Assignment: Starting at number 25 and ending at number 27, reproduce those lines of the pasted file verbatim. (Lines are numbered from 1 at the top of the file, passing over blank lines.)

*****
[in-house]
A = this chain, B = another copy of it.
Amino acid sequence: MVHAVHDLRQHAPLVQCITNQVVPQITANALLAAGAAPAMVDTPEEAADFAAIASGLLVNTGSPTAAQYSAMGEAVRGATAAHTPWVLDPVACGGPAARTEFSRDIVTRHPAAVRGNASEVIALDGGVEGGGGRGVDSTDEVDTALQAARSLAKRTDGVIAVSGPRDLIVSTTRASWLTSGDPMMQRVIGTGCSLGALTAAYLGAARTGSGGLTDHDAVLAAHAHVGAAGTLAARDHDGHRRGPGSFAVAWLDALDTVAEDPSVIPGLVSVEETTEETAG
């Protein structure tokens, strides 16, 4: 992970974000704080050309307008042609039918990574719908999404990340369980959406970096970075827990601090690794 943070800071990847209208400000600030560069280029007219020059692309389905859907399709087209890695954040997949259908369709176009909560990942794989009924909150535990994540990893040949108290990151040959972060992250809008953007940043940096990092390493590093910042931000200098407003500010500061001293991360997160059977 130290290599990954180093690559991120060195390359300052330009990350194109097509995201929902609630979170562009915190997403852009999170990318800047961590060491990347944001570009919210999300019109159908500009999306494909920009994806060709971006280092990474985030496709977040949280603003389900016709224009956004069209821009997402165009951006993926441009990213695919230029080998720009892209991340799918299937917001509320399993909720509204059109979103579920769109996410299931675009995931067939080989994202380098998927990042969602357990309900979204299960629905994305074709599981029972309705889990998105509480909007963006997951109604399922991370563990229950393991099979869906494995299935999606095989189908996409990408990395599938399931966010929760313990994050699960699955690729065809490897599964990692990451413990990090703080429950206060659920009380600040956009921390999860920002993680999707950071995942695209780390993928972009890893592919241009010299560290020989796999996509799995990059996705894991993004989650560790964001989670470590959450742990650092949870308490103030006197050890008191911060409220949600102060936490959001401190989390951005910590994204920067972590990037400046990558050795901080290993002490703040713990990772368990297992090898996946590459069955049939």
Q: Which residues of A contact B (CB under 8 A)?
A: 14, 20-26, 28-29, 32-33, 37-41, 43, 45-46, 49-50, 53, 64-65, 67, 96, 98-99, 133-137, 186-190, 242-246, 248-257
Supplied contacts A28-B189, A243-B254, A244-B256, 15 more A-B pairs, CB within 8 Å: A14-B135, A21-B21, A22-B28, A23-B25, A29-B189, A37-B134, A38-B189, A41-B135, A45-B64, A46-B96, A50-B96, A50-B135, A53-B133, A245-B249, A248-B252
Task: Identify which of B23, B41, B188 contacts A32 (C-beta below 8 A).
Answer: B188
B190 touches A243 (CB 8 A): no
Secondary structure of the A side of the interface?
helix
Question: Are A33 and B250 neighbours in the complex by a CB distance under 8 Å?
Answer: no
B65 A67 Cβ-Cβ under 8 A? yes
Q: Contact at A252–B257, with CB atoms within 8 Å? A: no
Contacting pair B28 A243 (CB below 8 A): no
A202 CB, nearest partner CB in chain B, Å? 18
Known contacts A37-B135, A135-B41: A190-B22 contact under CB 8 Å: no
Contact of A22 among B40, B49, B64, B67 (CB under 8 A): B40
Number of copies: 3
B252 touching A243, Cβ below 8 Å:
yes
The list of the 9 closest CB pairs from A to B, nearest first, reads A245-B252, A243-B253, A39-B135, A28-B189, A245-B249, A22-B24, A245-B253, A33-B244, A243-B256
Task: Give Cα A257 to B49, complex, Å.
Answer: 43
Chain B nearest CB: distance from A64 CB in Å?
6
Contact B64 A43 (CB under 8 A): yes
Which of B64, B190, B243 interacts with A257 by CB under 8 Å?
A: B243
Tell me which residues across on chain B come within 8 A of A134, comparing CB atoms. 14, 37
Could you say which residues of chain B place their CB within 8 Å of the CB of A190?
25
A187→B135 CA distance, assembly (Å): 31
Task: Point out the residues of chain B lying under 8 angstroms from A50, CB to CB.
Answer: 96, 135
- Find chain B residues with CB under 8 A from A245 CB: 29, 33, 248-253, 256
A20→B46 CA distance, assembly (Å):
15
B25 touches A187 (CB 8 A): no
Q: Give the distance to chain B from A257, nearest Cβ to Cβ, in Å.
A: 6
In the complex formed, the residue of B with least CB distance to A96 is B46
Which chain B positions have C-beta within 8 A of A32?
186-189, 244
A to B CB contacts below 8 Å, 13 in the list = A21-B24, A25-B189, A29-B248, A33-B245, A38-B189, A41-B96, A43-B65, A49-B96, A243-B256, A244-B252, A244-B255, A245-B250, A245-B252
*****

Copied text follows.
Task: Give Cα A257 to B49, complex, Å.
Answer: 43
Chain B nearest CB: distance from A64 CB in Å?